The Shapeways robot kindly emailed me that some of my item walls were too thin, so I took the opportunity when redrawing to reduce the sprue thickness on the con rods and include a void under the saddle tank. This brought the price of the rods down to $5 and the loco to $10.

I see what you mean about this becoming addictive!

Mike

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Re: Getting started in 3D - Costs?
« Reply #5 on: April 20, 2019, 10:32:26 AM »
To conclude this thread, I've got some working coupling/connecting rods, so have offered the same for sale on Shapeways. They're selling for about 10, of which ~7 goes to Shapeways. P&P extra of course.

Mike

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Re: Getting started in 3D - Costs?
« Reply #6 on: April 20, 2019, 12:10:10 PM »
To conclude this thread, I've got some working coupling/connecting rods, so have offered the same for sale on Shapeways. They're selling for about 10, of which ~7 goes to Shapeways. P&P extra of course.

Mike

@maridunian

How do you do the "Shapeways" link above - is it hand coded? I cant find an icon for it.

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Online maridunian

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Re: Getting started in 3D - Costs?
« Reply #7 on: April 20, 2019, 01:07:07 PM »
To conclude this thread, I've got some working coupling/connecting rods, so have offered the same for sale on Shapeways. They're selling for about 10, of which ~7 goes to Shapeways. P&P extra of course.

Mike

@maridunian

How do you do the "Shapeways" link above - is it hand coded? I cant find an icon for it.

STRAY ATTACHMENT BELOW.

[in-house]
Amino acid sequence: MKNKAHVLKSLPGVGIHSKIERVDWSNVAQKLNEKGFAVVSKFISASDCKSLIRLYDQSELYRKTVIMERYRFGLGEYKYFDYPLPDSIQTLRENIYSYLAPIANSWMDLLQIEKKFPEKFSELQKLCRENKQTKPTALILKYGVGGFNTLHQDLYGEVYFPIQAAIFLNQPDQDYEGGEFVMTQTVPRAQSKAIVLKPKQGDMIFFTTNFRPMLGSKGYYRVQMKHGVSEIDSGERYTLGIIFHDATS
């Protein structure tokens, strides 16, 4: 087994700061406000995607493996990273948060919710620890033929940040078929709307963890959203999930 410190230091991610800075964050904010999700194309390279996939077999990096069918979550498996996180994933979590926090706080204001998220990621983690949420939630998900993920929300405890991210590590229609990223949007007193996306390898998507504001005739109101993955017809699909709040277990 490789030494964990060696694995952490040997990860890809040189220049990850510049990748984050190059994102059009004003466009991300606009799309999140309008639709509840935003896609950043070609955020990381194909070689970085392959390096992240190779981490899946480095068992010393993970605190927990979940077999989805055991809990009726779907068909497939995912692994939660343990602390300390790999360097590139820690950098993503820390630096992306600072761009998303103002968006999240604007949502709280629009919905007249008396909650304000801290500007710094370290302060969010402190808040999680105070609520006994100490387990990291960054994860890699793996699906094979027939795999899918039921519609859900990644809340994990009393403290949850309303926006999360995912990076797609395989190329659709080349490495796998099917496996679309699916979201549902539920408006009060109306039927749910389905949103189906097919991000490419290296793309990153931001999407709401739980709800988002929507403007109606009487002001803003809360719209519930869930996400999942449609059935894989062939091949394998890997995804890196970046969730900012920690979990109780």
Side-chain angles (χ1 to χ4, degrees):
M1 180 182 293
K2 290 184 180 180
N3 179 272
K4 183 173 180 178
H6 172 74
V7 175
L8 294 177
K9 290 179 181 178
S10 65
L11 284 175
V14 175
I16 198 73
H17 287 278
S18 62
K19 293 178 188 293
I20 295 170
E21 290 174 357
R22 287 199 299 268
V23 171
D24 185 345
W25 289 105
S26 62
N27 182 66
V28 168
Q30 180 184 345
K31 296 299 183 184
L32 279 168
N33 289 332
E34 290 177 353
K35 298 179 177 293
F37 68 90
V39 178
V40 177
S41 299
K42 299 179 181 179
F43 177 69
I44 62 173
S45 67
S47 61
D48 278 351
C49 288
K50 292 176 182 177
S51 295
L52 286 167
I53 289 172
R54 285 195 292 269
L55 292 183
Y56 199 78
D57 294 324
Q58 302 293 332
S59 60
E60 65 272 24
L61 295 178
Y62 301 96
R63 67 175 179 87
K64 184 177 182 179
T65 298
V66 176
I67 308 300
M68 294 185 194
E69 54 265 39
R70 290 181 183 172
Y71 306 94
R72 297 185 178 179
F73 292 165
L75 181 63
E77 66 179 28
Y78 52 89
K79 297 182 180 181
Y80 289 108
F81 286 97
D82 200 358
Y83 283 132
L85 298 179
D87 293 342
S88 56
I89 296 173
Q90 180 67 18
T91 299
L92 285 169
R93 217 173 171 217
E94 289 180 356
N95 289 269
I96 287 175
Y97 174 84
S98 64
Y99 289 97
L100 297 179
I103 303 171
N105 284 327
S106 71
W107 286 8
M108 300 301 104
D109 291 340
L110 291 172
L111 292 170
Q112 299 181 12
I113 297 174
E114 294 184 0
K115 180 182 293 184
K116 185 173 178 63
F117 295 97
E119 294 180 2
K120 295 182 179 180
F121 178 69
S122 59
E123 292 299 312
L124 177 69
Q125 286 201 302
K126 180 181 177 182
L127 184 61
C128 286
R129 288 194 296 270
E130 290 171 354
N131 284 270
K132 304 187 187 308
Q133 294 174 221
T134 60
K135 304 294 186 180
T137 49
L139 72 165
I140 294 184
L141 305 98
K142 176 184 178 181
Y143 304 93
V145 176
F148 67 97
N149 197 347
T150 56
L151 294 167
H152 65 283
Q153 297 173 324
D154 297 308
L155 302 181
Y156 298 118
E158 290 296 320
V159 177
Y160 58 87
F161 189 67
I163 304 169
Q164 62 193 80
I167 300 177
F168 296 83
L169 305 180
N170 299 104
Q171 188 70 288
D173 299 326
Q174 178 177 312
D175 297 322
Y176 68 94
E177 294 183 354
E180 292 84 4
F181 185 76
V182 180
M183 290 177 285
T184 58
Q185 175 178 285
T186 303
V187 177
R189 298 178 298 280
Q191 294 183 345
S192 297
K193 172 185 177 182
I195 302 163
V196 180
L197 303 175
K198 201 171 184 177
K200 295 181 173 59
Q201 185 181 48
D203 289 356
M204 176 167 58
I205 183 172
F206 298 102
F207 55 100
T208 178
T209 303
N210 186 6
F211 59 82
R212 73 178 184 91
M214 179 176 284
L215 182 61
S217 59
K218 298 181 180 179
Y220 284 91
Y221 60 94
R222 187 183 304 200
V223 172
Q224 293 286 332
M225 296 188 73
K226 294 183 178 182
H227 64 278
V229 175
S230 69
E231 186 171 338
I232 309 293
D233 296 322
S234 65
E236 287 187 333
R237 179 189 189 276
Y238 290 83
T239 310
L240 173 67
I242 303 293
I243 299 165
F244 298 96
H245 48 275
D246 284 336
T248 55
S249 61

NR

Yes, manually. Here's the code:



Mike

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Re: Getting started in 3D - Costs?
« Reply #8 on: April 20, 2019, 02:08:54 PM »
You don't need a sprue except to create a single object (for cost).  You could loose 90% of the sprue and tighten up the volume the parts occupy.




Online maridunian

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Re: Getting started in 3D - Costs?
« Reply #9 on: April 20, 2019, 04:04:14 PM »
Thanks - they keep moaning about my sprues being too thin, but I'll certainly take out the central tube (lazy cutting and pasting!)

Mike

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Re: Getting started in 3D - Costs?
« Reply #10 on: April 20, 2019, 07:07:49 PM »
Thanks - they keep moaning about my sprues being too thin, but I'll certainly take out the central tube (lazy cutting and pasting!)

Mike

I mean no spruces except one to make a physical join for cost saving

We used to just print the part with no spruce.

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Re: Getting started in 3D - Costs?
« Reply #11 on: April 21, 2019, 09:43:14 AM »
As this part is 3D printed I would have thought there was no need for a sprue, or even the frame. Sprue's and runners are used in injection tooling to fill cavities.

Although I guess because of the material the frame is for support and to prevent warping or damage to the parts, but even so there is enough there that could be reduced if it saves cost.

Online maridunian

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Re: Getting started in 3D - Costs?
« Reply #12 on: April 21, 2019, 09:52:24 AM »
Thanks for the comments. I guess it's my Airfix roots showing again. I'll try a 'frameless' option and see what the robot says...

Offline Mr Sprue

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Re: Getting started in 3D - Costs?
« Reply #13 on: April 21, 2019, 10:15:10 AM »
Thanks for the comments. I guess it's my Airfix roots showing again. I'll try a 'frameless' option and see what the robot says...

Which factory did you work at? I have a few mates that worked for Airfix and Lesney.

Online maridunian

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Re: Getting started in 3D - Costs?
« Reply #14 on: April 21, 2019, 10:17:35 AM »
Thanks for the comments. I guess it's my Airfix roots showing again. I'll try a 'frameless' option and see what the robot says...

Which factory did you work at? I have a few mates that worked for Airfix and Lesney.

Sorry, I should have said  "Airfix kit-building roots"!

Mike